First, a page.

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Melusine

Isabella married twice and both her husbands belonged to families that believed they were connected to Melusine, the fairy woman who was beautiful, full of magic and full of mystery. The Angevins, who became known as the Plantagenets, told the story of an early Count Fulk who had a wife who had borne him four sons. Gossip was that she did not go to church that often and when she did refused to take communion. One Sunday her husband snatched her cloak away as she left and she flew out of the window carrying two of the children with her. The two boys behind carried her demonic blood and so the story of the Devil’s Brood began. King John was descended from her. And he certainly was the least pious of kings, complaining about the length of a sermon and not going to church that often himself.

Isabella’s second husband Hugh Lusignan believed that the castle they lived in had been built for them by Melusine with ‘a mouthful of water and two handfuls of stones’. She had rescued a Lusignan lost in a nearby forest full of lakes and streams, lurking there with a suspiciously dead uncle. She helped cover up any wrong doing and agreed to marry into the family. Children were born, some with strange defects but all loved. She asked never to be seen in her bath but her husband spied on her and betrayed her and there she was with her serpent tail or mermaid body. So she left, flying high over the castle lamenting and weeping.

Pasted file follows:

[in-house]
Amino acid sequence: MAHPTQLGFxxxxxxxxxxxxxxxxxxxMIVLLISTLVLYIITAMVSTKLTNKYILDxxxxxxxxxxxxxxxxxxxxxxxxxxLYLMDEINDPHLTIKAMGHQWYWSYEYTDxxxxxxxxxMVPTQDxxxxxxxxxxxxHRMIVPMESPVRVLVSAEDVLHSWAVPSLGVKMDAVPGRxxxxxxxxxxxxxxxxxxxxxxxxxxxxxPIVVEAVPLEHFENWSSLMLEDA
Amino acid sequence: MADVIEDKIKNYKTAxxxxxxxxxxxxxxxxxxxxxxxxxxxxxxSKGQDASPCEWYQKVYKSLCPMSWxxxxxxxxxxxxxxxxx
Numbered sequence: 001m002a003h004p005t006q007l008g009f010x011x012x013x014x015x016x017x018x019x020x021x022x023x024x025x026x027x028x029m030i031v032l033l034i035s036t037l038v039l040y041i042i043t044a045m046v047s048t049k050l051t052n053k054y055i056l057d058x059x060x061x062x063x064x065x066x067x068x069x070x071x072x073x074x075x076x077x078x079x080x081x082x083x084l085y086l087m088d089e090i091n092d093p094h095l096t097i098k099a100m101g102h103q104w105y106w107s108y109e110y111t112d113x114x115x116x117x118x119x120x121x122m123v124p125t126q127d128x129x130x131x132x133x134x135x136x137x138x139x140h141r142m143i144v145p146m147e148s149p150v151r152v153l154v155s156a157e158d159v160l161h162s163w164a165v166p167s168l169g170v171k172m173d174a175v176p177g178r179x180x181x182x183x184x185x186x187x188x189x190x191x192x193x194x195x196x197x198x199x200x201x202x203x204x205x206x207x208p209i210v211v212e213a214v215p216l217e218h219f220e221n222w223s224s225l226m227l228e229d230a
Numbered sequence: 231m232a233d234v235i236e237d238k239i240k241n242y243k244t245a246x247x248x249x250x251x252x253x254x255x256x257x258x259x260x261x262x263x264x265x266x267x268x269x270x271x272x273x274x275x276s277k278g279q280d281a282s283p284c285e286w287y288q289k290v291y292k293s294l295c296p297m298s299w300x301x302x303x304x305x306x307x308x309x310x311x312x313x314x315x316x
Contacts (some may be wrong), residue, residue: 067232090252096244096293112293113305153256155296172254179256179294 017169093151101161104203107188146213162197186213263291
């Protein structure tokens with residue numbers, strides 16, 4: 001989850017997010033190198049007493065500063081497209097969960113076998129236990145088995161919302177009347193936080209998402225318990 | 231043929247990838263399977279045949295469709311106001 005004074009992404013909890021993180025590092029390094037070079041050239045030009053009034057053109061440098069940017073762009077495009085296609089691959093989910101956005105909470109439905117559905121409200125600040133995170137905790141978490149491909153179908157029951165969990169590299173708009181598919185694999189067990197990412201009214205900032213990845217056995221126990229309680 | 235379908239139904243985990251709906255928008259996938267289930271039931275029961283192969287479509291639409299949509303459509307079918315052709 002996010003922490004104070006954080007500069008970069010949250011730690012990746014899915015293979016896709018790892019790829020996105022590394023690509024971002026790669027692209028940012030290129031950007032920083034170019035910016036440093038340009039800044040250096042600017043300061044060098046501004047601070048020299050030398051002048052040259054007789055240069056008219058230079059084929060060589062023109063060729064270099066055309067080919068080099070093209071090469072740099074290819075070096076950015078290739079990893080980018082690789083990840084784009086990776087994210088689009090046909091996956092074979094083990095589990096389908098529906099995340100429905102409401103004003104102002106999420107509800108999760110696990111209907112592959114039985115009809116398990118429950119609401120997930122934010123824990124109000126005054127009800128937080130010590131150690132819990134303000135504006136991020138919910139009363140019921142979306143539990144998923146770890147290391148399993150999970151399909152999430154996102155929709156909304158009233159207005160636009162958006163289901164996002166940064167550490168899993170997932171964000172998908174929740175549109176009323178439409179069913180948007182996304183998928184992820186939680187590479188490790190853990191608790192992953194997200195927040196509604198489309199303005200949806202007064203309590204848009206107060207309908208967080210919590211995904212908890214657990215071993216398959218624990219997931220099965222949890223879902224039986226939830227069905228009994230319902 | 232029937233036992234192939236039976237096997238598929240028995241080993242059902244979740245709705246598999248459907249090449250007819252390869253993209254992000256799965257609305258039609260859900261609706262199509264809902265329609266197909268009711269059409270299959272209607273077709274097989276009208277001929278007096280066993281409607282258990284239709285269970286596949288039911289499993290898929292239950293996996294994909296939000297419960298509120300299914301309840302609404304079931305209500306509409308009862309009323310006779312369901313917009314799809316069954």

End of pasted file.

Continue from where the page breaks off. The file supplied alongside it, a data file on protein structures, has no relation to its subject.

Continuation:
Isabella heard the story of Melusine in the weaving room for this was a tale told as women spun both threads and tales of magic.

Melusine exists today in a modern logo, that of Starbucks. Look next time at their two tailed mermaid and think about how centuries ago she flew above churches and battlements. Not coffee shops.

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